# Weber Points - Geometric Mean of an Hexagon

I want to compute the Weber Point (Geometric mean) of an hexagon ($abcdef$) which is symmetric with respect to some axis $L$. The axis of symmetry $L$ is such that ($a$) is symmetric to ($f$), ($b$) to ($e$) and ($c$) to ($d$). We know that the Weber point lies in $L$ but how to compute it ?

Thank you.

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Rotate the position so that $L$ is the $x$-axis, for ease of exposition. We can forget points $d$, $e$, and $f$, and look for $x$ which minimises the sum of the distances from $(x,0)$ to $a$, $b$, and $c$. If $x$ varies by $\delta x$, then the distance from $(x,0)$ to $a$ (say) varies by $-\delta x \cos A$, where $A$ is the angle that the line from $a$ to $(x,0)$ makes with the positive $x$-axis. So we want the point $(x,0)$ such that $\cos A + \cos B + \cos C = 0$.
I can't see an explicit formula for $x$ (though I won't be surprised if somebody else can). But you can find this point to any required accuracy by a simple binary search. If you need a faster method, then Newton will help.

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Nice solution, thank you. There is just something that I don't understand well. When I draw the figure, I find that the distance from $x$ to $a$ does not vary by $\sigma x cosA$. – user10753 May 11 '11 at 22:19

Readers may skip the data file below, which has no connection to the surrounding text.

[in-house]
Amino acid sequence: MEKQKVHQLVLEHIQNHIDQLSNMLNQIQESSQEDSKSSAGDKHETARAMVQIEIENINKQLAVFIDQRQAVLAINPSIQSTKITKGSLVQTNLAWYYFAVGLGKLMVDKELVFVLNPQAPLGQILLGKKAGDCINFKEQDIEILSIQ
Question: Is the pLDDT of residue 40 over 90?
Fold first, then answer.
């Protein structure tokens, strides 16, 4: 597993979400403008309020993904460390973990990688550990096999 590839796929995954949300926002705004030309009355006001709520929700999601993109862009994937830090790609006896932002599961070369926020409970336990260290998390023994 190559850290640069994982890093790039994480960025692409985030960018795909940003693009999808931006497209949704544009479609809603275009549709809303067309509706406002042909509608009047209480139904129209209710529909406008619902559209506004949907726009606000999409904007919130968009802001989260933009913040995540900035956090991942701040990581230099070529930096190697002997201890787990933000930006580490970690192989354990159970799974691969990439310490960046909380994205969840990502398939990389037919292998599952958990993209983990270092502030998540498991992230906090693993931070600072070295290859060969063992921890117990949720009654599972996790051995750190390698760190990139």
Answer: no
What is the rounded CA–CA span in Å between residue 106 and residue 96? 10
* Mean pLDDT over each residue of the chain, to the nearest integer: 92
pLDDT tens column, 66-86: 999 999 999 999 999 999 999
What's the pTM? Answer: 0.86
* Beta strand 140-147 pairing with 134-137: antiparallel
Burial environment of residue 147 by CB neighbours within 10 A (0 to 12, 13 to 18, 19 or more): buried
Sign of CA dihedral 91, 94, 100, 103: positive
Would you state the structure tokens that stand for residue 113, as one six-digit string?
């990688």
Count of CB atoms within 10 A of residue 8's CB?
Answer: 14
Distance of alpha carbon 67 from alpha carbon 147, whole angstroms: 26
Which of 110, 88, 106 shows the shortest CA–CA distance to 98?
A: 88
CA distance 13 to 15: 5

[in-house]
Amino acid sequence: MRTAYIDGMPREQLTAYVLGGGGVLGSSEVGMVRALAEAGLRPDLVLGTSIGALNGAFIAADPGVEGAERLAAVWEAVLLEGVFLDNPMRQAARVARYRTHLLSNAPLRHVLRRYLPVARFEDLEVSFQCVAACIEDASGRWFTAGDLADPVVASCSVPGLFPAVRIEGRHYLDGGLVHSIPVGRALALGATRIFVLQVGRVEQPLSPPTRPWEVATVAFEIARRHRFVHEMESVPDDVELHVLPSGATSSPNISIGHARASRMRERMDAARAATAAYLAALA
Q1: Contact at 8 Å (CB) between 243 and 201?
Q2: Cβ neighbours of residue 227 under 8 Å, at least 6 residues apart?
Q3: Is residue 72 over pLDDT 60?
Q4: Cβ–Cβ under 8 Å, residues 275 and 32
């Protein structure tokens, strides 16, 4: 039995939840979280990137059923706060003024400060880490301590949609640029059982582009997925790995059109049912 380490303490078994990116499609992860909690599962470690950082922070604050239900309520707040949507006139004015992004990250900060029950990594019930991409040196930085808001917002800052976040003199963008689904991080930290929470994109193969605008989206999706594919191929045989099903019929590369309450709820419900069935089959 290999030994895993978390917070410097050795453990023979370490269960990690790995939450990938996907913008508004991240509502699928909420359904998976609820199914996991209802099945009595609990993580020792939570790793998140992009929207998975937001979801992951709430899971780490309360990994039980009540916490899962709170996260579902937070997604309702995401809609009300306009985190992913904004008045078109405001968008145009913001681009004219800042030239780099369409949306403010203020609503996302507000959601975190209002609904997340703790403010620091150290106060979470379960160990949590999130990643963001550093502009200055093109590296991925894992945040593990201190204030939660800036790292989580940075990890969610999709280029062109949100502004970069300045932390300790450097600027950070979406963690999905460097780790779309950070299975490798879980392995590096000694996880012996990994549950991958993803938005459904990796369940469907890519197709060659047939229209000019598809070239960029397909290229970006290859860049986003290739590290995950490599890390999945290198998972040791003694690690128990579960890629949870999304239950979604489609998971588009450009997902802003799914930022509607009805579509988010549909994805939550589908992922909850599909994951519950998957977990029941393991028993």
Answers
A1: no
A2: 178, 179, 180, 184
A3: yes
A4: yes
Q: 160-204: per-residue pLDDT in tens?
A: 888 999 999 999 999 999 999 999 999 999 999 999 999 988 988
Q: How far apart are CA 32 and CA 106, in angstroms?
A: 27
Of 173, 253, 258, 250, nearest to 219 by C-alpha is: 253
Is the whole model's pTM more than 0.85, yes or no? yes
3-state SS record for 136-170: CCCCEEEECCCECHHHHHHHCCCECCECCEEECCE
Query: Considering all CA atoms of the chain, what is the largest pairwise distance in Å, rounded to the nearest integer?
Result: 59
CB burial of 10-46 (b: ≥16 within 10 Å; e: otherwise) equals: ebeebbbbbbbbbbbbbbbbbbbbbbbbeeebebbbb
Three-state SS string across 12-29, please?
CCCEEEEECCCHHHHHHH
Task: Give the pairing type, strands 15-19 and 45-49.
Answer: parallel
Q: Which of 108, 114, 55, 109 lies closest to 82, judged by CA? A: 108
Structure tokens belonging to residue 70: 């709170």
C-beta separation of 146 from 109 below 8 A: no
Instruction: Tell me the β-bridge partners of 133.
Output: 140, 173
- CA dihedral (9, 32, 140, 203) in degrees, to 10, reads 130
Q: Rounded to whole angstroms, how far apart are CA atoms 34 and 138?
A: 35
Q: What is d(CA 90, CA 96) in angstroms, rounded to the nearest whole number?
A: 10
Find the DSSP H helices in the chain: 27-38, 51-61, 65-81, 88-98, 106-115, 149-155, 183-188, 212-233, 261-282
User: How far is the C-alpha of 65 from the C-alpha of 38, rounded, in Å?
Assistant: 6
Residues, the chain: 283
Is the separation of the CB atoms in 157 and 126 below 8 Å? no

Let $D$ be the original distance between $a$ and $x$. I find that its new value is $X$ with $X^2=Y^2+Z^2$. $Y=D-\sigma x cos A$, and $Z=\sigma x tan A$. – user10753 May 11 '11 at 22:28
@user10753: You're right, it should be $\delta x\sin A$. – joriki May 12 '11 at 11:20
@joriki: $\delta x \sin A$ obviously wrong. If $x$ is large and negative, so that $A$ is close to zero, then the distance from $x$ to $a$ varies as $-\delta x$. I think my $-\delta x \cos A$ is correct. – TonyK May 12 '11 at 20:06
@TonyK: Sorry, I somehow had the angle turned by $\pi/2$; you're right of course. – joriki May 12 '11 at 20:34

There is probably no explicit formula to compute the Fermat Weber point. But you already reduced the problem to a 1-dimensional one: you could write down the line L in parameter form $(l_1,l_2)*t+(c_1,c_2)$. For a sufficiently fine grid $t_1,t_2,..,t_n$ you could then compute the sum of the distances of the corresponding point on L to the points a,b,c finally chosing those $t^*$ minimizing the sum of the distances. This should work sufficiently fast and give you a good approximation of the FW-point.

H

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